Students who graduate with a Bachelor of Arts in Literature and Writing Studies will
1. Communicate in writing, speech, and other media according to professional practices and conventions for different audiences and purposes;
2. Closely analyze texts through a range of critical and theoretical approaches;
3. Identify the historical, political, social contexts that have lead to the creation of canons and alternative traditions;and
4. Interpret multicultural and international texts in their local and global contexts. Assessment of these learning outcomes occurs in a variety of ways: students are asked in our classes to complete many different kinds of writing assignments, including short essay exams, in-class responses, reading journals, research papers, thesis-driven essays, oral reports, and collaborative writing projects.
Graduate students in the Department of Literature and Writing Studies (LTWR) develop theoretical knowledge and practice critical reading and writing in the field. The program has been designed so that graduates should be able to:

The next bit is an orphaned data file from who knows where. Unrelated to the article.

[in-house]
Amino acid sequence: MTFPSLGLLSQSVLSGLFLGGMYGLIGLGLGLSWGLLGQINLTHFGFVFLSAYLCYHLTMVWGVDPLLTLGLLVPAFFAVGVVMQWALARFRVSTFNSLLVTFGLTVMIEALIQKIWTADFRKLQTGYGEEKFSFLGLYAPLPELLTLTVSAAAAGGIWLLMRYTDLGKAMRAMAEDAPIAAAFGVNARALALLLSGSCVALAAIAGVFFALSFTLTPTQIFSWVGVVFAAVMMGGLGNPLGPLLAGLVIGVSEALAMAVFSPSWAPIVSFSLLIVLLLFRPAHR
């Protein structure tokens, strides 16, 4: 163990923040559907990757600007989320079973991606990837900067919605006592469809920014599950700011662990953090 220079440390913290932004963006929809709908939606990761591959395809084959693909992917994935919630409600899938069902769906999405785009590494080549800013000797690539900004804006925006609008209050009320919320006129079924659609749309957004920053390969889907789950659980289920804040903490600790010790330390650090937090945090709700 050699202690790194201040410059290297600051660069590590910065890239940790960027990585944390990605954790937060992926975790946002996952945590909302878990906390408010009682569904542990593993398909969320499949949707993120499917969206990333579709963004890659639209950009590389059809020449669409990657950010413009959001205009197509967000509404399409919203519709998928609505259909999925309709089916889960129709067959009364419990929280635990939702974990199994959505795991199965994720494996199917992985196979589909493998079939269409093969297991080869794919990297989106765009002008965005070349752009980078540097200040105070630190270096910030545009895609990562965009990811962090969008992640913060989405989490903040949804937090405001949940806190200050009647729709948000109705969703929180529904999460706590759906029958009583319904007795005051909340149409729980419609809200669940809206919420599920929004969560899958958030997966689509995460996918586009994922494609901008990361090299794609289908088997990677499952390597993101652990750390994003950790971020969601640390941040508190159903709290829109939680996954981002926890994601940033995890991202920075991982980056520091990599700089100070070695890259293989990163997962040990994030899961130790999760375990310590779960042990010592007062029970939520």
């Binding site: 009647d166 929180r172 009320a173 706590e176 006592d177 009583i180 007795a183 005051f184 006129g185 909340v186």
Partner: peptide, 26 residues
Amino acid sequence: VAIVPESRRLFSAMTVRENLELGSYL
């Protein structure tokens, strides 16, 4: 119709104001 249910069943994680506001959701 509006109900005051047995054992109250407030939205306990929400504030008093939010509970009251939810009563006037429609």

1. Closely analyze texts at an advanced level, using a range of critical and theoretical approaches.
2. Interrogate theoretically the historical, political, and social conditions of texts from local and global literary traditions, with attention to the formation of canons and counter-canons.
3. Proficiently read and interpret texts in at least one language other than one’s native language.
4. Demonstrate advanced knowledge of and ability to engage in the theories and practices that inform the fields of literature, composition pedagogy, and creative writing.
5. Demonstrate knowledge of professional practices such as disseminating scholarship/creative activities through conferences and publications.
6. Write a theoretically informed critical or creative writing thesis that enriches the field of literature and/or writing studies.